Mr's original preference was to apply for the fiance(e) visa, because it would have united us sooner rather the spouse visa would, which has us endure most of the long data-less wait individually. The fiance(e) visa involves a similar process to ours, although I think it can take longer because couples are not married when they begin the petition. Once the visa is approved, and the 'alien' arrives in the USA, the couple must marry within the USA and within a certain time limit, and then let the government know so that residency status can be affirmed. Many couples opt for this because it means that they can start their married lives together straight away. It was my decision not to.

Instead we got married and then applied for the spouse visa. The plus points are that my grandparents and the rest of my family could attend our wedding, we have split the cost of the wedding and visa to allow us to save up for both, and I can save up for my first few months of life in the USA. I will also be eligible to work from the moment I arrive on US soil (as a fiancee I would not have been).

But it does mean that we remain separated during the first year of our marriage, and by the time we will be living together again we will have been apart for almost three years (writing and realising this does make me rue my decision a little). And after all that we definitely plan to throw a super-fantastic BBQ/anniversary/homecoming party once I arrive in the USA. Two parties are always better than one, and especially when they involve a well-baked cake!

Secondly, while we have been apart we have managed to see each other about three times a year. Going on a date costs £400 in air-fares at present, not to mention 7-21 days of annual leave each time, so we are limited by both time and money. But we make it count - we've been to DC, NY, Malta, dancing lessons, jeep riding, swimming in blue lagoons, visiting deco hotels and local bars all over the world for pub fare and varying quality of service, and of course many trips to airport hotels, trysts in airport arrivals (and teary goodbyes in airport departures).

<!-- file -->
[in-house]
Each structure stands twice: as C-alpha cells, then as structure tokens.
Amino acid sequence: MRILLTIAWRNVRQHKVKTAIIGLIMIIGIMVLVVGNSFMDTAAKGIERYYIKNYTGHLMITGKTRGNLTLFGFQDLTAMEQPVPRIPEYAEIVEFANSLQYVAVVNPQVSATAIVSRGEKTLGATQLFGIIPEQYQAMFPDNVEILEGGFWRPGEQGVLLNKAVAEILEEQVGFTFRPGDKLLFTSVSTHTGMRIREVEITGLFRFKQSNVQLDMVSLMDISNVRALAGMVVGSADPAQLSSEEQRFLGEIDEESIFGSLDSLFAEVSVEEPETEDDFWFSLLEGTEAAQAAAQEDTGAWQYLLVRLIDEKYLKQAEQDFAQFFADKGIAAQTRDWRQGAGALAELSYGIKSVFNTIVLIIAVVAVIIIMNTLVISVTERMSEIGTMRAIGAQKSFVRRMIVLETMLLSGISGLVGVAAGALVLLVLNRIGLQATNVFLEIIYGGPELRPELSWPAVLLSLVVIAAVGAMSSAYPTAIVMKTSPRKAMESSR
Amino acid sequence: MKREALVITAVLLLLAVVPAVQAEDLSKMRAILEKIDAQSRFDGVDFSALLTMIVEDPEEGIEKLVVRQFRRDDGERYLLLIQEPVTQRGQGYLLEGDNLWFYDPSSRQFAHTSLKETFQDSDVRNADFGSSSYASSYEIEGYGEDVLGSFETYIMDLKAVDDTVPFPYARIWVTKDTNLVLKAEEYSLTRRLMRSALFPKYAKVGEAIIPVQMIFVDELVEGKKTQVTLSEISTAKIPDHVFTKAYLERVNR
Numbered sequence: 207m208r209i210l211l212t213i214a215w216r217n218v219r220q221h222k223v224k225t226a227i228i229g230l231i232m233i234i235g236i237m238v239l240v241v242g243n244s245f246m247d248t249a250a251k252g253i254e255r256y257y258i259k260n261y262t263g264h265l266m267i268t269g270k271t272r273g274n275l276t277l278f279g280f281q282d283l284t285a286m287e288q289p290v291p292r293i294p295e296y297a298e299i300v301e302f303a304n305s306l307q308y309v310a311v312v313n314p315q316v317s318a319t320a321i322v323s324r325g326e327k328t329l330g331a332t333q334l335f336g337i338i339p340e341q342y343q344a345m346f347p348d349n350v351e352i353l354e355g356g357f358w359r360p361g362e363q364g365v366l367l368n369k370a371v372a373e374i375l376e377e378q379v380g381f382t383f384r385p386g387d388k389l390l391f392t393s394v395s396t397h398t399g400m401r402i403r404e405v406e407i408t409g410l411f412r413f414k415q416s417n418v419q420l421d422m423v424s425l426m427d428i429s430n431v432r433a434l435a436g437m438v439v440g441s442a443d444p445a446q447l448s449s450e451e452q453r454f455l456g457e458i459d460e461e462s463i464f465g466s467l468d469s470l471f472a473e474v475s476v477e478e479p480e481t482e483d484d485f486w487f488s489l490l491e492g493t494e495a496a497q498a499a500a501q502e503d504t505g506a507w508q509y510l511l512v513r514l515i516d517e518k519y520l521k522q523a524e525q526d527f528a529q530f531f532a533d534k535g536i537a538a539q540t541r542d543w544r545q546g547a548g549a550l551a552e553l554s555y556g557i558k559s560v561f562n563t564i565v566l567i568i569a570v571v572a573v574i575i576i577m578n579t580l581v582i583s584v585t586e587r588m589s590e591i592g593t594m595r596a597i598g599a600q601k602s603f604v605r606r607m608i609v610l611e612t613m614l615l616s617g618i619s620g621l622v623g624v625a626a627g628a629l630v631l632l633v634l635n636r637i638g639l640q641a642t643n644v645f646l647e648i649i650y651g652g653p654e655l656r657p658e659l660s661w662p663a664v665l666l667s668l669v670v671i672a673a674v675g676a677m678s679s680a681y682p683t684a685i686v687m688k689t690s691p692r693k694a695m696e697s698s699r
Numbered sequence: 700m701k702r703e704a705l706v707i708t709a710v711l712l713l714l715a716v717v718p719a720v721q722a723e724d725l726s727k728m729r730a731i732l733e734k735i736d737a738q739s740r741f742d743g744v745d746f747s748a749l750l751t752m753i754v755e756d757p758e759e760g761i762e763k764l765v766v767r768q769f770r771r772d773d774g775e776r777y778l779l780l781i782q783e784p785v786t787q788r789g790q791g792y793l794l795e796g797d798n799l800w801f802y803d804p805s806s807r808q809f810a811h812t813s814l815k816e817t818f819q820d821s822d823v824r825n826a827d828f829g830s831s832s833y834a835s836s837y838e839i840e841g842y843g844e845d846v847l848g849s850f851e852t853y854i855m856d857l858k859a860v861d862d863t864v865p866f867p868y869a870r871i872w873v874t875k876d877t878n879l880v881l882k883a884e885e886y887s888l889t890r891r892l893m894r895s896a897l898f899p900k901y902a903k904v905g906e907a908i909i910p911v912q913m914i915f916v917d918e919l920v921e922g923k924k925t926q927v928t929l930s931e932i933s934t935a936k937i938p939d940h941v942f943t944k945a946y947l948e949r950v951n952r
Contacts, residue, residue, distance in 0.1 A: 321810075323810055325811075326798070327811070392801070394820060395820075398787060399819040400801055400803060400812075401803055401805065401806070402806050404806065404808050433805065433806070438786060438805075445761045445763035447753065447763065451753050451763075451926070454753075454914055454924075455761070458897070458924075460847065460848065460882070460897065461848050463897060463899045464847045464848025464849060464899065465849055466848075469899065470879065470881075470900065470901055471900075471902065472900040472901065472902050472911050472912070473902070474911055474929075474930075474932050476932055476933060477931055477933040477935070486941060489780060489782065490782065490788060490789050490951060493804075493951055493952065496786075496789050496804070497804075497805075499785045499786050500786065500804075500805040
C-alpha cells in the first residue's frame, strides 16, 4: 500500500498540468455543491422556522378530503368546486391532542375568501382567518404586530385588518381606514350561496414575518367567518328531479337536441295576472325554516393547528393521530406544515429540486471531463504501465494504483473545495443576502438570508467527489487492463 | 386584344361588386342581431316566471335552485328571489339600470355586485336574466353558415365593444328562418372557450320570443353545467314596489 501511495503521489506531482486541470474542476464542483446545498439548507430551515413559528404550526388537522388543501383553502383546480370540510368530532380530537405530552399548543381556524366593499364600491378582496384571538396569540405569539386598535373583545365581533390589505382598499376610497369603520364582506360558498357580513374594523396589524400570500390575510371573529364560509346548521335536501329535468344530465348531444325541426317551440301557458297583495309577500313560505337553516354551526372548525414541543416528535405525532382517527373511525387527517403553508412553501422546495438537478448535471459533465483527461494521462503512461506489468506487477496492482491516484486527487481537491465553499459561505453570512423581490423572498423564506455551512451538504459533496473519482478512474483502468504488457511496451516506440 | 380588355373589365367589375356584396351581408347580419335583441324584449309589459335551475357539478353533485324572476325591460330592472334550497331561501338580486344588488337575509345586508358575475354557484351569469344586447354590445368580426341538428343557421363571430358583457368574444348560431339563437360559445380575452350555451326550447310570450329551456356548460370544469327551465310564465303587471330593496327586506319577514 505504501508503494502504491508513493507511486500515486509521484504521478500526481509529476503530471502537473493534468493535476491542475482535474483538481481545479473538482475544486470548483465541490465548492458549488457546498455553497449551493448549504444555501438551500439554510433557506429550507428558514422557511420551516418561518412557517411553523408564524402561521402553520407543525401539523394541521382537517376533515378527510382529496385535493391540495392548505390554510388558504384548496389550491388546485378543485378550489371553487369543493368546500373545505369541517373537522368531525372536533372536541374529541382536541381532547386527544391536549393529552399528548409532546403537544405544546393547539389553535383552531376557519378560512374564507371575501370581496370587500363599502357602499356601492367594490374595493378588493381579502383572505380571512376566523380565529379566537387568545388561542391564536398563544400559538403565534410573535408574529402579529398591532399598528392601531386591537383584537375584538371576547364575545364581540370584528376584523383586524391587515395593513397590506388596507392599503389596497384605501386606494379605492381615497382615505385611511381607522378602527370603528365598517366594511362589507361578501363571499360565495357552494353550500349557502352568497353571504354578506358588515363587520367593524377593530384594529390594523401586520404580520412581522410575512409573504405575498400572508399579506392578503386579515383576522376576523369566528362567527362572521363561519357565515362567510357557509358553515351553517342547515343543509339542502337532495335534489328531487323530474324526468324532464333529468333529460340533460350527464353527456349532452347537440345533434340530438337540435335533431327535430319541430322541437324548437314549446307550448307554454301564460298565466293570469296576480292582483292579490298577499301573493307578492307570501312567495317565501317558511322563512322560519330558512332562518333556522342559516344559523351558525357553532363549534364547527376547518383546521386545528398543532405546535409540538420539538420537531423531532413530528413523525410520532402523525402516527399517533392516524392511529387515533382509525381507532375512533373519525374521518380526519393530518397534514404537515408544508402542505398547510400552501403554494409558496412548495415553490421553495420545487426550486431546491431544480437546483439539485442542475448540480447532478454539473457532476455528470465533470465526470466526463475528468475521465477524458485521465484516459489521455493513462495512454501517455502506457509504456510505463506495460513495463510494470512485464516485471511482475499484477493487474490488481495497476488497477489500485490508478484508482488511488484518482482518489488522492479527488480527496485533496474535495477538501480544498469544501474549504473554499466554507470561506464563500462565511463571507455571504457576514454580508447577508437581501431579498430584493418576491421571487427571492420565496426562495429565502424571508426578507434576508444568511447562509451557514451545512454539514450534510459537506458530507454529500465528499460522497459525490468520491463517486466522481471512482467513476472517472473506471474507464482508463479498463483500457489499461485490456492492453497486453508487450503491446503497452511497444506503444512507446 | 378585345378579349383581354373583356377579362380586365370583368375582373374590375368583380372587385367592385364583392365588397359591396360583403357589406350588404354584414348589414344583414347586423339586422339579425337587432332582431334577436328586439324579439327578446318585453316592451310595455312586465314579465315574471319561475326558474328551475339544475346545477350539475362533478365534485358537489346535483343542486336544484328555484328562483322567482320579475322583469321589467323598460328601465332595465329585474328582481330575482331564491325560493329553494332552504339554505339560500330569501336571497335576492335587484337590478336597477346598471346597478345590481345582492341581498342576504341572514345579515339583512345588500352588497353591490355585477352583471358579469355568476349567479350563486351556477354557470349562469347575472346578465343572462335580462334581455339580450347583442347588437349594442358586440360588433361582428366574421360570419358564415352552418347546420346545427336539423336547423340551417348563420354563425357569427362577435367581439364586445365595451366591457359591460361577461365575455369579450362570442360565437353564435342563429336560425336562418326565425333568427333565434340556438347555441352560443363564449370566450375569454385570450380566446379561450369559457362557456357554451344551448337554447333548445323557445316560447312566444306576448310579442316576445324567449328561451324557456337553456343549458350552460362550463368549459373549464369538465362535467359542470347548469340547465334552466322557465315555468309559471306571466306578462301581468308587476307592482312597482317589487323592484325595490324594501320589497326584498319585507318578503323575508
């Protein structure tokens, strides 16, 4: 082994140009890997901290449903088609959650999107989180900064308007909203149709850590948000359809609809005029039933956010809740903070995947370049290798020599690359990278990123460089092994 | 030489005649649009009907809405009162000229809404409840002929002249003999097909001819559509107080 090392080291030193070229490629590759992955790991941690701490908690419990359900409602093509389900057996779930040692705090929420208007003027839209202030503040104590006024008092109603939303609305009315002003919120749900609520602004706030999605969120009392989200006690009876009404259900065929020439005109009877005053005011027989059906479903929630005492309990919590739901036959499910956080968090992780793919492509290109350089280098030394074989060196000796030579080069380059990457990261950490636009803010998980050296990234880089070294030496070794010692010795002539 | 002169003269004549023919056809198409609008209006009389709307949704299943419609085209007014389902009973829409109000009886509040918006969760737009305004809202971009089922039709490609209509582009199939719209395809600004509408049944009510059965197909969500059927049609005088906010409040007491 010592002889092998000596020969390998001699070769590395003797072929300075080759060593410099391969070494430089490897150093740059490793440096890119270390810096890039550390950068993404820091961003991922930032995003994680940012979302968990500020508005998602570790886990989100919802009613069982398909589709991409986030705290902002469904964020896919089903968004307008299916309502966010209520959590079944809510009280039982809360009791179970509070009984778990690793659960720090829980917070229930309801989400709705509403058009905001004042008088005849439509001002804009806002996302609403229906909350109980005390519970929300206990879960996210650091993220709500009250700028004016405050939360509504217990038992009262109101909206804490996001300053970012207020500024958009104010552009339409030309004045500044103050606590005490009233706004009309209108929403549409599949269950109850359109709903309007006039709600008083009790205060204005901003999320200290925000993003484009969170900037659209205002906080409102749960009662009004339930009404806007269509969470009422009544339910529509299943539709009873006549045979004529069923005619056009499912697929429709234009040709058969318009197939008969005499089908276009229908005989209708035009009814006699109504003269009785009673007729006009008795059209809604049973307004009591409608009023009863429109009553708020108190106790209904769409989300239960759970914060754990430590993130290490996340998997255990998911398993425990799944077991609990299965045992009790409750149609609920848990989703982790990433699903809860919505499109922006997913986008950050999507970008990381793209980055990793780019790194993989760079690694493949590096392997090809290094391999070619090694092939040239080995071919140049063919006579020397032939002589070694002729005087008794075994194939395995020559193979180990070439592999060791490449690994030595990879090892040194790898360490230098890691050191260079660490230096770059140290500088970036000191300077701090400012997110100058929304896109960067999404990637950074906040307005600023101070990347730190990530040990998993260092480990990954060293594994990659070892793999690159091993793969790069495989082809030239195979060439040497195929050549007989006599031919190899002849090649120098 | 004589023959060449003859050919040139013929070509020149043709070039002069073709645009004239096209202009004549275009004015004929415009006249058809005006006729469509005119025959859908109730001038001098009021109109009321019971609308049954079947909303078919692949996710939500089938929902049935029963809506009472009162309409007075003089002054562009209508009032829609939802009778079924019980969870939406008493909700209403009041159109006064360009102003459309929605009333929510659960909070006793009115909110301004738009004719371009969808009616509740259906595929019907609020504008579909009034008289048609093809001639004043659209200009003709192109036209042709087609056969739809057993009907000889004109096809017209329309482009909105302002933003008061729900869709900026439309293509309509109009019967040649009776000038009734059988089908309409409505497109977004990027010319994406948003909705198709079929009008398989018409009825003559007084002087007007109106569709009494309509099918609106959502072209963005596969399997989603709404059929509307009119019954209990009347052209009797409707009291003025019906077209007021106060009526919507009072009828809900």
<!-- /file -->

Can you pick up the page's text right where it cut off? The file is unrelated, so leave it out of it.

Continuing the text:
People often remark how romantic it sounds, but after 14 hours of travelling through grey terminal buildings and sitting jammed in coach for a sleepless nine hour flight and being questioned by a skeptical immigration officer about numerous passport stamps then stumbling to Mr's arms after having freshened up earlier with wetwipes and eyeliner in the plane's rudimentary plastic toilet cubicle, one's image of romance is certainly rendered more real than the phoney depictions of rose petals and candlelit poetry, or whatever.

Plenty of people have asked when we'll see each other next after our wedding soiree and honeymoon two months ago, and the answer is Christmas. Mr's coming back for more bacon-topped turkey, cracker jokes and mince pies, and we're both super-excited that we'll be able to see each other during the visa journey. We had both been concerned that it wouldn't be possible to see each other at all with 'visa pending', which would have required an even stronger kind of 'vis'.